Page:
Camelot Special Ed Teacher marks Autism Awareness Month with a Special Scarf
Lauren Kruse had already been making scarves but this one is for a special cause
(DeKalb, Illinois – April 11, 2013)
Lauren Kruse (pronounced KROO-zee) wanted to make a statement when she designed her special edition hand-made Autism Awareness Month scarf: We are all equal, disability or otherwise, and every child deserves the opportunity to learn.
Lauren, a special education teacher at Camelot of DeKalb, says she enjoys helping others and giving students with autism the chance they might not be able to otherwise have. Her craft-making skill has given her the opportunity to spread that message. And supporters have been scarfing them up!
“When the scarfs went on the Autism Society web page I crashed the site because so many people wanted to buy them,” Lauren reports. She’s been so busy, in fact, she has stopped making all the other products she’d been working on to devote her production strictly to the autism scarfs.
The idea evolved when Niamh Dillon, the director of Autism at Camelot and vocational coordinator Dana Wyzard, had the scarfs on at The Autism Society of Illinois at a conference. The ASI asked Lauren if she could make a lot more as a fund-raising gesture and the campaign was launched.
Kruse has the process of making scarves down to a science, cutting and sewing and ironing. But she doesn’t necessarily do all that alone.
“I have a very supportive family. We live next to our in-laws and my mother-in-law helps with the ironing and my husband helps on his lunch break when he comes home for lunch. ”
Lauren lives an hour away from Camelot, in Walnut, IL and when she gets home at 4:30 she starts her scarf-making. She can’t spend too many hours at it, though, because she leaves the house at 6:15 a.m. every morning in order to be at work by 7:30.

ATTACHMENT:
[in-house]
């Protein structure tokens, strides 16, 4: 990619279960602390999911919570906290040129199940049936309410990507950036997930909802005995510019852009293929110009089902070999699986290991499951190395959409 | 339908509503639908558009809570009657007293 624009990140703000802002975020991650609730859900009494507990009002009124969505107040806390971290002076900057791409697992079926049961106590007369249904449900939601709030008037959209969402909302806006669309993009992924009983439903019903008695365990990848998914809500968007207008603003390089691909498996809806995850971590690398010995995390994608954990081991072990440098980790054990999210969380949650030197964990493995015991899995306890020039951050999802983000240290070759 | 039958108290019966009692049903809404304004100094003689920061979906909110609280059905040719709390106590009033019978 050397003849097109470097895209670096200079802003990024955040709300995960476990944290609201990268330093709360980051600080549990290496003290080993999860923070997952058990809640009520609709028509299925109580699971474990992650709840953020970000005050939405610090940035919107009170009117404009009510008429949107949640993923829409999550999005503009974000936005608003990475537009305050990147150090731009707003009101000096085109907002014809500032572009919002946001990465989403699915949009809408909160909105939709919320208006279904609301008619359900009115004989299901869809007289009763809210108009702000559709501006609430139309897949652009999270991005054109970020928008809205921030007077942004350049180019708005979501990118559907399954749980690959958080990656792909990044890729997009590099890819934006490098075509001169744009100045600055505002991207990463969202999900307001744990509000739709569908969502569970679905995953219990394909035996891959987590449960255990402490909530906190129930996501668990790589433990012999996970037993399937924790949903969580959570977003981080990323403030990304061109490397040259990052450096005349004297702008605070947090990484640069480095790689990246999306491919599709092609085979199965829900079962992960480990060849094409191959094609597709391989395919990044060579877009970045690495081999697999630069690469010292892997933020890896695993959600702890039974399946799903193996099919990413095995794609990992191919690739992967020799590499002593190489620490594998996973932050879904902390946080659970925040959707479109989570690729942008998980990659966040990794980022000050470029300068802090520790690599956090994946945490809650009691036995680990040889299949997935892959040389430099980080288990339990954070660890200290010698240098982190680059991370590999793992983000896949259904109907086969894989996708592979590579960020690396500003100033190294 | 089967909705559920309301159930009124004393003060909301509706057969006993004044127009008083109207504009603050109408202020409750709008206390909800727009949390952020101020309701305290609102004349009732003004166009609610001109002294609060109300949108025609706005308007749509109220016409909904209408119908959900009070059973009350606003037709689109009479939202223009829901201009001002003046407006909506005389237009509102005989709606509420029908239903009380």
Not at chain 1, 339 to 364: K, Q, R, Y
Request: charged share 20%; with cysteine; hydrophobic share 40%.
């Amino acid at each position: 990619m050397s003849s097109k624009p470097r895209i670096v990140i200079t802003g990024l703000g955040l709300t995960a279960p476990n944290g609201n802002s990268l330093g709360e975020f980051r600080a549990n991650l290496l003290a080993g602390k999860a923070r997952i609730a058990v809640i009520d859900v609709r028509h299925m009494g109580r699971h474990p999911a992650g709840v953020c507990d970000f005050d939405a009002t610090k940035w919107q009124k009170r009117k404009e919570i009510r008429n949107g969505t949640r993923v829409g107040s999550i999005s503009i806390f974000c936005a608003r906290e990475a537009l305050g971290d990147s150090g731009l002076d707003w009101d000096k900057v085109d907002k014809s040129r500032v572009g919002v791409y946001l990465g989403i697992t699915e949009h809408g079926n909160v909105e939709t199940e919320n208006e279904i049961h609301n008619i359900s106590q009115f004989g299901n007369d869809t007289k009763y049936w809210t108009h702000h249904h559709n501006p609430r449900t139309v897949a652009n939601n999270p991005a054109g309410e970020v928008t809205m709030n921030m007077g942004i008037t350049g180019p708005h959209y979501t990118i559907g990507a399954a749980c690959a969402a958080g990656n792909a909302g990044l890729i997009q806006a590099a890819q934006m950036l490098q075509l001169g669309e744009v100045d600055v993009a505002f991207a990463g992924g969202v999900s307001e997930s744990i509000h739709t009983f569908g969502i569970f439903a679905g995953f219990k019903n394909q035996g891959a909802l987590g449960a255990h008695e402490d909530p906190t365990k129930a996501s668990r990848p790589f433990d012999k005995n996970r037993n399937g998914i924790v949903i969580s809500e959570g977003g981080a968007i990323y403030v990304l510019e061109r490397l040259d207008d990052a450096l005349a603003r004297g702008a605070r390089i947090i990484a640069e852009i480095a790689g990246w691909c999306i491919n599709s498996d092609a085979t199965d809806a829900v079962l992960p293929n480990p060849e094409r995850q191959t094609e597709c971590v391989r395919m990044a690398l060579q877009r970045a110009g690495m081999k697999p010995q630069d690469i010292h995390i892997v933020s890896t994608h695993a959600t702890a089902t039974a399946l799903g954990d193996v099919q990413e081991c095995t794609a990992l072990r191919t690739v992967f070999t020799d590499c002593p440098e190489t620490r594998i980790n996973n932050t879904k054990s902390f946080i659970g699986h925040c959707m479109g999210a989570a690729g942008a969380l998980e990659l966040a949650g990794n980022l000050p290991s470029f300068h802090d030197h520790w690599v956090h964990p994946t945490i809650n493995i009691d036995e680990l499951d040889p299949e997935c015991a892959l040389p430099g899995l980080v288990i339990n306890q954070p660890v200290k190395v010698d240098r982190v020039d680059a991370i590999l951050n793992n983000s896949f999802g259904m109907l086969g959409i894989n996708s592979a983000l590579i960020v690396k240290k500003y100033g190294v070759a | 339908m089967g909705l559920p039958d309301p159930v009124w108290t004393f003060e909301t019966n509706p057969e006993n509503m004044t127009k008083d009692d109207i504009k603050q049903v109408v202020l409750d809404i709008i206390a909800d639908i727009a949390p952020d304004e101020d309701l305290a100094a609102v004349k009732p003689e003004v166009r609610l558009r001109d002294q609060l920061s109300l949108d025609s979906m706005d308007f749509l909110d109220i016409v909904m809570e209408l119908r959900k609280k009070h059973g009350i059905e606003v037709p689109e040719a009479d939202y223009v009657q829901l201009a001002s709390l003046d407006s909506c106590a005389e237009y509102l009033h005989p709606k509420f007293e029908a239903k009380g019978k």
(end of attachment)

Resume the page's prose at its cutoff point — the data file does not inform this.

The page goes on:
Lauren works with students one on one, currently a 10-year-old. But since joining Camelot in 2006 she has worked with students as old as 21 in the vocation portion of the program for Camelot students ages 18-22. This program helps students go into the community and to job sites and become more independent as adults.
She enjoys watching the children grow, seeing the joy in their faces and seeing them reach big milestones in their life.
She talks about one student who was afraid to go outside but after months of work she was able to help the child overcome his fears and now enjoys walking. She began by walking him to a fire house because the student liked fire engines.
Lauren, a native of Sycamore is a graduate of Concordia University with a B.A in Social Work. Her mother was also a special education teacher.
Lauren is one of many Camelot professionals who work to cultivate the potential in every child. Camelot operates six therapeutic day schools, which work with students on the autism spectrum and those who are developmentally delayed. Camelot also runs an accelerated high school program in suburban Chicago called Excel Academy.
With each scarf purchase a donation is made to the Autism Society of Illinois. You can buy the scarf at the Autism Society website, http://www.autismillinois.org/?p=4037 or Lauren’s Kruse Kreations website, http://www.etsy.com/shop/KruseKreations22.
Read more about Camelot Schools at www.camelotforkids.org